Deep Fry Your Deviled Eggs For Game-Changing Textures

Just when you think there can't possibly be any more variations on one of the most perfect snacks, the deviled egg, something new comes along. Unlike other deviled egg recipes in which the yolk gets mixed, combined, and smashed with a slew of other ingredients to create a brand new flavor, this time deep frying is involved, adding an entirely new texture to the humble deviled egg.

If you're picturing a fully assembled deviled egg getting dunked in batter and then fried, don't worry, that's not the method here. Instead, the elements of the popular dish are deconstructed a bit, prepared, and then put back together again. The great thing about deep-fried deviled eggs is that you can take any deviled egg flavor and incorporate it into this method because the yolk mixture is treated as normal here. It's just the egg whites that get the star treatment. So if you love your deviled eggs with truffles and caviar, you'll love them even more once they're deep-fried.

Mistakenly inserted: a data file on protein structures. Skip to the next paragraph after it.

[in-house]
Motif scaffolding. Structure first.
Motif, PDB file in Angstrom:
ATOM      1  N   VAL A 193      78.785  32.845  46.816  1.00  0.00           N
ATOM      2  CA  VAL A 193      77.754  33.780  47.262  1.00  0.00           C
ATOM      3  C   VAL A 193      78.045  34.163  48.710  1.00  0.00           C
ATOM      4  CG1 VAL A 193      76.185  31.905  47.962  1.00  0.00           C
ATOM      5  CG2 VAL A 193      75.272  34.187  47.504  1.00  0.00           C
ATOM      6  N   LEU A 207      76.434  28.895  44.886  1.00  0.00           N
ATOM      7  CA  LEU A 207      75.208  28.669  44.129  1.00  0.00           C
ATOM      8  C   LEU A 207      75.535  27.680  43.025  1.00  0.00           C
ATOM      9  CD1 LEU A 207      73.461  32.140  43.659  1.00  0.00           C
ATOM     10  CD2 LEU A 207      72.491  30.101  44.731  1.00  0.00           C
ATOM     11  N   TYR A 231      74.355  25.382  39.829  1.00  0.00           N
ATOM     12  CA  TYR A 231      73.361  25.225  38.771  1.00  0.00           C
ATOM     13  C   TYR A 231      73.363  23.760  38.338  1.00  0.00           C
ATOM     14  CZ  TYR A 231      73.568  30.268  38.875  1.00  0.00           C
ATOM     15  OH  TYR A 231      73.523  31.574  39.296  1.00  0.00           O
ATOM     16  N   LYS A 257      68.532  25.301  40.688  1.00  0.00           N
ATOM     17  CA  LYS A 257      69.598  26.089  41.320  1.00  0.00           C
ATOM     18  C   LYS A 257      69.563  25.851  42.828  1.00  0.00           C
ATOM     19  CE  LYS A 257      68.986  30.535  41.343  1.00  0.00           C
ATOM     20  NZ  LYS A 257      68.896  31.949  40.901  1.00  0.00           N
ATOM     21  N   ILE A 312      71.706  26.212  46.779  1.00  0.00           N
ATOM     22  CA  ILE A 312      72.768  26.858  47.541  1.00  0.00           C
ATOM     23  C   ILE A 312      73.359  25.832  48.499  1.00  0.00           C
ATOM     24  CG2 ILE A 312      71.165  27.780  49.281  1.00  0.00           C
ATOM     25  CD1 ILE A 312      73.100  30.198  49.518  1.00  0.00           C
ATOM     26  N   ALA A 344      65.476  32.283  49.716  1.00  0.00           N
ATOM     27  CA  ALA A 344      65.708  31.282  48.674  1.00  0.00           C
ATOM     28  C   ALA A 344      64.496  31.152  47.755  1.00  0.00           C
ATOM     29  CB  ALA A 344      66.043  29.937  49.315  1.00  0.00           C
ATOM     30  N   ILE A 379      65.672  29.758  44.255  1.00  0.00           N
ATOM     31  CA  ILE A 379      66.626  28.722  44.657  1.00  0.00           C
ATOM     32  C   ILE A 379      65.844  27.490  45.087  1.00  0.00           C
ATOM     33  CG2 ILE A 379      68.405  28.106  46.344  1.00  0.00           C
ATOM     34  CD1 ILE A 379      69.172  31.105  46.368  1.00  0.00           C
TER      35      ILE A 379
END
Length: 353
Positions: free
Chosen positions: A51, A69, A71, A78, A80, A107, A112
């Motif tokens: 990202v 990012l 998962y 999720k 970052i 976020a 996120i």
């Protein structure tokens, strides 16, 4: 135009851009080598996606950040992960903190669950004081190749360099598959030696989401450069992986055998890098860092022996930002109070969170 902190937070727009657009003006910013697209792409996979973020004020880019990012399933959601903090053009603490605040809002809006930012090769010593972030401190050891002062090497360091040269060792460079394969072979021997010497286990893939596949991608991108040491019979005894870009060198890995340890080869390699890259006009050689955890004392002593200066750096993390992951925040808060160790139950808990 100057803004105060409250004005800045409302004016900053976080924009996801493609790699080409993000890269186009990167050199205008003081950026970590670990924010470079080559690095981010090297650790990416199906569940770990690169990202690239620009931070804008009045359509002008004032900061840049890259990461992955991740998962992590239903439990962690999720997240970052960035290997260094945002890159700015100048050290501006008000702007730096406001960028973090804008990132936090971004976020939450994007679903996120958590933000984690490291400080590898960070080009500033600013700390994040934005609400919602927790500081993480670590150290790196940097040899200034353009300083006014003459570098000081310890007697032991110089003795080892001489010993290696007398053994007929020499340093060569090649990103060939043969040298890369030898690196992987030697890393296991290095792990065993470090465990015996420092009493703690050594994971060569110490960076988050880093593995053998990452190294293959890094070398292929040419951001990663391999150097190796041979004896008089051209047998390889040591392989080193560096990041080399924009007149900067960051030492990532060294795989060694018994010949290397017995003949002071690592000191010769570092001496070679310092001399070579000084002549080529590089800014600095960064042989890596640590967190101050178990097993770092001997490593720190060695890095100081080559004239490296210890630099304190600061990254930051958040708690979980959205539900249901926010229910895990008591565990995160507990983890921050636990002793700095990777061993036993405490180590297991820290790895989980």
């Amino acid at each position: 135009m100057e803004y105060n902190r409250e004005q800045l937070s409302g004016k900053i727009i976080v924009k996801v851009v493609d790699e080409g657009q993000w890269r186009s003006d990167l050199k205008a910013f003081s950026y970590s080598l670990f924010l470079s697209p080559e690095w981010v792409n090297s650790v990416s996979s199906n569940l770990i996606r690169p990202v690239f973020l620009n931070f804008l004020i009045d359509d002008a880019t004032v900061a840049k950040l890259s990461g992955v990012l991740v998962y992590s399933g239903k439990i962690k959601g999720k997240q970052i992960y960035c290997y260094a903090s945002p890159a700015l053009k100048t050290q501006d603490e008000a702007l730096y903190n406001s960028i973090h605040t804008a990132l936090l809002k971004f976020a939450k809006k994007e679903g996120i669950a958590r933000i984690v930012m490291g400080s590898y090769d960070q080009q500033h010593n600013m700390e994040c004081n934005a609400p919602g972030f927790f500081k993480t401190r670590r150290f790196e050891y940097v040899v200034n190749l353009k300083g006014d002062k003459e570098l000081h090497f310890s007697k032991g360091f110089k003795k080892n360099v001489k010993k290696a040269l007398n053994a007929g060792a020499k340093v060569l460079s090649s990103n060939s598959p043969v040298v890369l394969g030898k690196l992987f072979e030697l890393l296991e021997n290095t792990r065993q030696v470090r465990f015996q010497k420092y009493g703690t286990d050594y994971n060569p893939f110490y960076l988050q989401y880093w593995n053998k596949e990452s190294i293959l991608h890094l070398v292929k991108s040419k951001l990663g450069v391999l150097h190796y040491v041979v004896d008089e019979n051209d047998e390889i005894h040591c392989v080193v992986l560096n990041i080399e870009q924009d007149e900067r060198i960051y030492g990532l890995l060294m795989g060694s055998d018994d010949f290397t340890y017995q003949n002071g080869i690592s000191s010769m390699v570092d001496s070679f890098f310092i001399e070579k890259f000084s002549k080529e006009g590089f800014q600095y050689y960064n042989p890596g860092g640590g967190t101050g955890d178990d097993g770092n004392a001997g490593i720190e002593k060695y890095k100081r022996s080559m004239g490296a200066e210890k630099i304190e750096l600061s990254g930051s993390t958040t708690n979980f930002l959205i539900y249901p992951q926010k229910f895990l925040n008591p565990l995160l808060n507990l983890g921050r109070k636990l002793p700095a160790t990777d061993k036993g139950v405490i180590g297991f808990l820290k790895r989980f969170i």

Only the egg whites get fried

To make fried deviled eggs, go ahead and begin the process like you're making a standard deviled egg recipe. Hard boil your eggs, let them cool, peel them, halve the eggs lengthwise, and separate the egg yolks from the whites. Make your deviled egg filling however you like with whatever flavors are your favorite and set the mixture aside. 

Turning your attention to the egg whites, you're going to treat them like any other piece of protein that you'd deep fry: dredge them in flour and shake off the excess, fully dunk them in beaten egg, and finally dredge them in panko bread crumbs. Get your frying oil nice and hot and fry the coated whites until they are golden brown. Drain the fried whites on paper towels and then fill the hollows with the egg yolk mixture and garnish as desired.

You will have the delicious flavor of your favorite deviled eggs with a super satisfying layer of crunch. Together with that cool, creamy filling, it's a winning combination. It's a bit more labor intensive than making standard deviled eggs, but this crispy twist on a party favorite is so delicious and unexpected, we think you'll agree that it's well worth the extra effort.